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NFL Bans Classic Football Drills from Training Camp

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The need to balance player safety with getting players prepared for the upcoming season has been a big thorn in the NFL’s side ever since controversy over concussions started gaining steam several years ago.

On Wednesday at its owners’ meeting, the NFL opted to ban three classic lineman drills from training camp in the hopes that reducing the number of full-speed collisions in the trenches will in turn reduce both actual concussions during training camp and possible long-term effects on players’ health, according to CBS Sports.

The three drills eliminated are known as Oklahoma, King of the Circle (or Bull in the Ring, depending on a team’s specific naming choice) and Half Line, as NFL.com’s Judy Battista noted on Twitter.

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The Washington Post’s Mark Maske pointed out that the NFL will be carefully monitoring teams and treating use of the forbidden drills as it would any other offseason practice violation.

And Albert Breer of Sports Illustrated revealed the list of names of players, coaches and referees who provided the league with the guidelines used to create these new rules.

If nothing else, the NFL didn’t simply pull this out of the clear blue sky.

The league asked people who have run the drills, coached the drills and officiated actual games what they thought would be most effective way to reduce head injuries.

Do you think these bans on practice drills are excessive?

For those unfamiliar with football drills, the Oklahoma drill, named after the university that pioneered it, is a simulation of run-blocking where an offensive lineman and defensive lineman engage while a runner tries to hit the hole created between the linemen and a set of blocking pads that represents the other linemen in a full formation.

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The King of the Circle drill should be instantly recognizable to anyone with a passing familiarity with one of Japan’s most popular sports, sumo wrestling.

And if regular football is a foot-long sub sandwich, the Half-Line drill is the six-inch version.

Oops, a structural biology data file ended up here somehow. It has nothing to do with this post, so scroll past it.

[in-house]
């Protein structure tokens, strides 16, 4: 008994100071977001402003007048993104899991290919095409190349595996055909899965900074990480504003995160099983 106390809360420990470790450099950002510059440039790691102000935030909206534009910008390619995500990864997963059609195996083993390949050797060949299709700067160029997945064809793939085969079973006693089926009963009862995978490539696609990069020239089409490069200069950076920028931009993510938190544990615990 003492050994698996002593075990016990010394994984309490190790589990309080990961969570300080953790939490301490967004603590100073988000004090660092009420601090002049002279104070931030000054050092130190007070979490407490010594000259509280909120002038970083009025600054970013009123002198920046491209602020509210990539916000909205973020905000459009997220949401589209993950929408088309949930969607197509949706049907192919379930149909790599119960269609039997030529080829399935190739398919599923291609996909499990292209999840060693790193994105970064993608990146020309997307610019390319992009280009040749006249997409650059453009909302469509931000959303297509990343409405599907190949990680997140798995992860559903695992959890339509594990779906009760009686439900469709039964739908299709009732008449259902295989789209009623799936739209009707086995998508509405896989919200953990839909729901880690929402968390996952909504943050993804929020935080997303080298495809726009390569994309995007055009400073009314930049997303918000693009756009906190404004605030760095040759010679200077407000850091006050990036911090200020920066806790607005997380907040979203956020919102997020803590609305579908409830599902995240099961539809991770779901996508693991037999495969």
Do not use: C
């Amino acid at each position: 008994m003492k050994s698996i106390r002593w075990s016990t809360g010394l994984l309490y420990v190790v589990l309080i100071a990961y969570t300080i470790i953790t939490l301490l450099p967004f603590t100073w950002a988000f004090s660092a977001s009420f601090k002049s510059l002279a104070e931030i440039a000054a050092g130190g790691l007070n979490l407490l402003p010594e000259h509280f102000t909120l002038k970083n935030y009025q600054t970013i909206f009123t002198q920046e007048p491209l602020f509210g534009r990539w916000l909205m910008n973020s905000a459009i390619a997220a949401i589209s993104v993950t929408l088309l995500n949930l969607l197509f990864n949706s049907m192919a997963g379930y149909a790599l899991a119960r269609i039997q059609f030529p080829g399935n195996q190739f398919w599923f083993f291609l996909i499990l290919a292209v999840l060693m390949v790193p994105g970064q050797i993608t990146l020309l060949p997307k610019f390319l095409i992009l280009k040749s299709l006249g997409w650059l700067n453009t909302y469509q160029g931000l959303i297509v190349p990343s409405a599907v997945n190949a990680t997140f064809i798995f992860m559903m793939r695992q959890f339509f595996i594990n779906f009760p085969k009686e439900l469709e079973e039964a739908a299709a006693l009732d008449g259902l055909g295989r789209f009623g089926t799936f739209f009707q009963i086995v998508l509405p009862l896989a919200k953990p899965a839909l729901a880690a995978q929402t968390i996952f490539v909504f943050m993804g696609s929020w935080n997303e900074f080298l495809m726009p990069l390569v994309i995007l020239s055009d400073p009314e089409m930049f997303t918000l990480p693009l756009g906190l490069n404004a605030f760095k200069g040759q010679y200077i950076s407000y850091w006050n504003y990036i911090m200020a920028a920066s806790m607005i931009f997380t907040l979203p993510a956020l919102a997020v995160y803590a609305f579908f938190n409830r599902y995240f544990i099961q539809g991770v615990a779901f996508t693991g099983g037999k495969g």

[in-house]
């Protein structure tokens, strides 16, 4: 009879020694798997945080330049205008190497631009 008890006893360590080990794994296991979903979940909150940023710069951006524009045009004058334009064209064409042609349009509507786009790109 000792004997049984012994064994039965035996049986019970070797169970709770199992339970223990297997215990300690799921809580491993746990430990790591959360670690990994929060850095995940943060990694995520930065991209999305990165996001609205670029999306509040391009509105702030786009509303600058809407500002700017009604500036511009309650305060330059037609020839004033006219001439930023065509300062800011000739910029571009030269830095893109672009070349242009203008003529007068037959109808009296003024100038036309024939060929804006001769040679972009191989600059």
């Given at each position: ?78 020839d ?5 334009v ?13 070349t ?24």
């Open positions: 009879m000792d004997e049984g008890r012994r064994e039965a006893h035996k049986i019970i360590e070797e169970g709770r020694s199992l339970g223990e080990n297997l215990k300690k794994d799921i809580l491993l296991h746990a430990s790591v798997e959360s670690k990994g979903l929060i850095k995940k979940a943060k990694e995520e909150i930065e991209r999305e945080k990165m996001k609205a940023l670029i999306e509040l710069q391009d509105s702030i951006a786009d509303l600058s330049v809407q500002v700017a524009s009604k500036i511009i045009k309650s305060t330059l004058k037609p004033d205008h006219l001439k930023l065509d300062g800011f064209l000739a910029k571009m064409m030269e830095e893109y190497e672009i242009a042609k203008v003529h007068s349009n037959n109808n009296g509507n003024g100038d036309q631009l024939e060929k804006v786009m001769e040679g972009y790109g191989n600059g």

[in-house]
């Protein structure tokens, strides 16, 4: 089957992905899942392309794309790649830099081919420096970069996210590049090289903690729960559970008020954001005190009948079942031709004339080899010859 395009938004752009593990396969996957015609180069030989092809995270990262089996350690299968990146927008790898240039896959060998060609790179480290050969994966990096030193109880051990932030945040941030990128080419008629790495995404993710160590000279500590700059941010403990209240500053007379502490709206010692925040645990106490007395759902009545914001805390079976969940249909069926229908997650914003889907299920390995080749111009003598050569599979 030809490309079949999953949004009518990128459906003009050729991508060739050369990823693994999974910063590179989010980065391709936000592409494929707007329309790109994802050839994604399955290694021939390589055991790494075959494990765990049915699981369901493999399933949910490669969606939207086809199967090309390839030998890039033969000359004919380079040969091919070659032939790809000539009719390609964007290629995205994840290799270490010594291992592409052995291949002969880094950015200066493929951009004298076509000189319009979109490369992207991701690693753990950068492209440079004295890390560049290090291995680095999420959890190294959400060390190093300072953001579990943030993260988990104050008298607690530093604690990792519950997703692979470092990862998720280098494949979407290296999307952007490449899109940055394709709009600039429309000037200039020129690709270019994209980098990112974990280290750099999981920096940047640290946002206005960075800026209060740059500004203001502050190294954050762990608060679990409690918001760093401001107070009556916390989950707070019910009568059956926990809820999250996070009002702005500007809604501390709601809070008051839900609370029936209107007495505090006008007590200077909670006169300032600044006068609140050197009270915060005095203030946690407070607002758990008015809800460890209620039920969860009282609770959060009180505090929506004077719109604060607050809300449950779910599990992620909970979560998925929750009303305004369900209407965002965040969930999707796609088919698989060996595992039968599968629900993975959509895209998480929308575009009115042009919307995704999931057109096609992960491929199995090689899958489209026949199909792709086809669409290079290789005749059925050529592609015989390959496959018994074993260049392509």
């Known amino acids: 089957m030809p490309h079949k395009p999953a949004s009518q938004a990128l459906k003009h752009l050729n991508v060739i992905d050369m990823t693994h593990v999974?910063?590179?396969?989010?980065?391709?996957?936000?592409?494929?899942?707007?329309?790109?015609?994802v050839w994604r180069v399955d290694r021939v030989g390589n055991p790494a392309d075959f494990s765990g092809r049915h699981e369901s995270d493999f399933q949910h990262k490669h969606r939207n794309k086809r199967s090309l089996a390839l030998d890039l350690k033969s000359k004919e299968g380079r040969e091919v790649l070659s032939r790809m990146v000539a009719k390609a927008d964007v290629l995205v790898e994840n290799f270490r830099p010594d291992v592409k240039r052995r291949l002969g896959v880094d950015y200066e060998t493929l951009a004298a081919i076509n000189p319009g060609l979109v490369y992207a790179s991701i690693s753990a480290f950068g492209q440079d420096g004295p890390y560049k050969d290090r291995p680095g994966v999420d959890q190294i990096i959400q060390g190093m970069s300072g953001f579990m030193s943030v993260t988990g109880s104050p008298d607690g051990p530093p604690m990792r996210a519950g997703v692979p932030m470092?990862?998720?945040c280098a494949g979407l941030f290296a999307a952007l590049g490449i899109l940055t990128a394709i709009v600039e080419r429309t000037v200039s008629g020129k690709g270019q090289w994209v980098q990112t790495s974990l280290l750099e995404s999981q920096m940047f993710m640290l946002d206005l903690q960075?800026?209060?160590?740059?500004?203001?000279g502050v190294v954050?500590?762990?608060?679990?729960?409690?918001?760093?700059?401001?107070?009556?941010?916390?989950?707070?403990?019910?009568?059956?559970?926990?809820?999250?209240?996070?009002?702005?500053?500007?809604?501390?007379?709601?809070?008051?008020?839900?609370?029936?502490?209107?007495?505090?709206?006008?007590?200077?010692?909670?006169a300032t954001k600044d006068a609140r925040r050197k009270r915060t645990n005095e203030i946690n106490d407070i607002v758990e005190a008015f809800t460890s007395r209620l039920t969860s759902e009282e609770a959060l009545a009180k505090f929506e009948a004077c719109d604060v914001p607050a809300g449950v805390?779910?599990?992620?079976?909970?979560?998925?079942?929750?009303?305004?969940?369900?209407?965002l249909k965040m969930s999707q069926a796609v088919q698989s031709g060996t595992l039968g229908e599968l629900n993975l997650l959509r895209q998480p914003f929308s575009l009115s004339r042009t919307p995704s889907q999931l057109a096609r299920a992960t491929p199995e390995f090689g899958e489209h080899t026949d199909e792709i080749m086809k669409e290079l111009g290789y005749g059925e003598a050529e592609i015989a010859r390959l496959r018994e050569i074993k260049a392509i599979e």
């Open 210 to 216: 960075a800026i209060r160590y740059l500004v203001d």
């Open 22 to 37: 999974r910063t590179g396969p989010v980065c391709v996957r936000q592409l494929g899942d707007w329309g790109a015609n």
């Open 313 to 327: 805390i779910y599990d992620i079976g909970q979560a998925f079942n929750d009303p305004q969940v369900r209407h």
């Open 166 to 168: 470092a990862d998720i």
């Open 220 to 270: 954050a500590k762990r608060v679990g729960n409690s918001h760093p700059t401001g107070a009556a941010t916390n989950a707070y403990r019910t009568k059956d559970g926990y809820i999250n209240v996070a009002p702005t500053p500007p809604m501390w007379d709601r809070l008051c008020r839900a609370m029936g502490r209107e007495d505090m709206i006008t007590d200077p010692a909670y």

Of course, nothing happens in a vacuum.

Some fans are already up in arms over what they see as turning football into something that would be unrecognizable to old-school players and coaches.

Others defended the league and those who advanced the guidelines.

Whether players are any safer, or whether the NFL continues to see longtime fans abandon the game, remains to be seen.

We won’t know until the TV ratings start coming in this September what effect, if any, all of this will have.

Until then, the debate will continue to rage.

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Boston born and raised, Fox has been writing about sports since 2011. He covered ESPN Friday Night Fights shows for The Boxing Tribune before shifting focus and launching Pace and Space, the home of "Smart NBA Talk for Smart NBA Fans", in 2015. He can often be found advocating for various NBA teams to pack up and move to his adopted hometown of Seattle.
Boston born and raised, Fox has been writing about sports since 2011. He covered ESPN Friday Night Fights shows for The Boxing Tribune before shifting focus and launching Pace and Space, the home of "Smart NBA Talk for Smart NBA Fans", in 2015. He can often be found advocating for various NBA teams to pack up and move to his adopted hometown of Seattle.
Birthplace
Boston, Massachusetts
Education
Bachelor of Science in Accounting from University of Nevada-Reno
Location
Seattle, Washington
Languages Spoken
English
Topics of Expertise
Sports




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